The poll showed that fears over unemployment and jobs had increased among Republicans, Democrats and Independents, but the jump was greatest among Republicans, to 24 percent from 11 percent in January.

Maybe these Republicans should push for new leaders or new representatives in their own party. Maybe they should try running a Presidential candidate sometime who makes a moral as well as economic case for freedom, private property, and individual rights in all spheres of life (personal and business).

Rounding out the top five in the most important problem category was the high cost of healthcare and bad healthcare in general at 15 percent, and then the federal budget deficit at 8 percent.

Why is health care a concern? The majority voted — not once, but twice — for a man who declared health care is a right, and that government will do whatever is necessary to doctors and insurance companies to make sure everyone obtains it as a right. If this is what so many people want, then why are they surprised, outraged, anxious or upset when government starts to do to health care the same thing it does to everything else it touches?

Immigration has become a bigger concern in the United States, with 6 percent in the poll saying it’s a major problem, compared to 3 percent in January.

In a free country with no redistribution of wealth, no entitlement state and a thriving private economy, immigration is not a threat. In fact, it’s a necessity. You can never have too many people to do the jobs required, or provide the brains needed, to keep an industrialized-technological civilization thriving and growing. Immigration only becomes a threat when government stifles economic growth, picks winners and losers and people consequently must watch their backs and keep away any threat of competition.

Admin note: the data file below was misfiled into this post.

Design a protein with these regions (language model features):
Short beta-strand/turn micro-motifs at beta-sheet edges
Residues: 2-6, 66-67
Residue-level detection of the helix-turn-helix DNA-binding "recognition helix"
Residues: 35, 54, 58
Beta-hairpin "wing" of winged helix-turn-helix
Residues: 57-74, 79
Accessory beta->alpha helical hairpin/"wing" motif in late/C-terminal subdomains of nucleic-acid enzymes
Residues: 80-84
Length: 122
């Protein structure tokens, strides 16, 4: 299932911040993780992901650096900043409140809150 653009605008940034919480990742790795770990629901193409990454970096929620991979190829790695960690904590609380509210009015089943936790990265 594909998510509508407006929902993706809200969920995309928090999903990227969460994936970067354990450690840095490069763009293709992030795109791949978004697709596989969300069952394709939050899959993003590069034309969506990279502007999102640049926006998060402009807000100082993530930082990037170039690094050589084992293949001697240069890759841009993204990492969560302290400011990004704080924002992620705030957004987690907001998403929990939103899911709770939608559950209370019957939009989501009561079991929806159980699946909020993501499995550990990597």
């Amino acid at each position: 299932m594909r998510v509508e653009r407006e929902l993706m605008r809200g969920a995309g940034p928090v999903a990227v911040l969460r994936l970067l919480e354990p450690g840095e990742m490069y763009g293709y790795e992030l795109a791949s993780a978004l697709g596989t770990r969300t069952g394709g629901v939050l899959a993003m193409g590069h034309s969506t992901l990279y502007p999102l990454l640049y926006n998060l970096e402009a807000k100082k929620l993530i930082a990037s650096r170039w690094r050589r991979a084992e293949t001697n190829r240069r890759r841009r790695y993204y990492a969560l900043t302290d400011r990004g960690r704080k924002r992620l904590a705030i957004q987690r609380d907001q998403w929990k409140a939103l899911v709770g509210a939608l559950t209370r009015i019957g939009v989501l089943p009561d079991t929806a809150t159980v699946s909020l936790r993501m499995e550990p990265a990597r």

It’s ironic how the loudest opponents of racism and other irrational forms of collectivist thinking are the very ones who favor more and more federal control of the economy, taxation, and wealth redistribution. If I didn’t know better, I would think that these people weren’t really interested in multiculturalism or economic growth. I’d suspect that they simply want to acquire more power, in part by making impoverished but hopeful immigrants (focused on some kind of future or independence) dependent on them.

These poll numbers reveal shocking contradictions between what the majority of Americans vote for in elections and what they actually seem to want. What’s the saying? Ignorance is curable, but stupidity is forever. Are most Americans badly informed, or just plain stupid?

It’s time to clear up these contradictions with knowledge that can help us face the basic truth once and for all: If it’s economic growth, continuous prosperity and full employment that we seek, then we’ve got to get the government the hell out of the way.

[Source for Gallup poll findings: 2/18/14]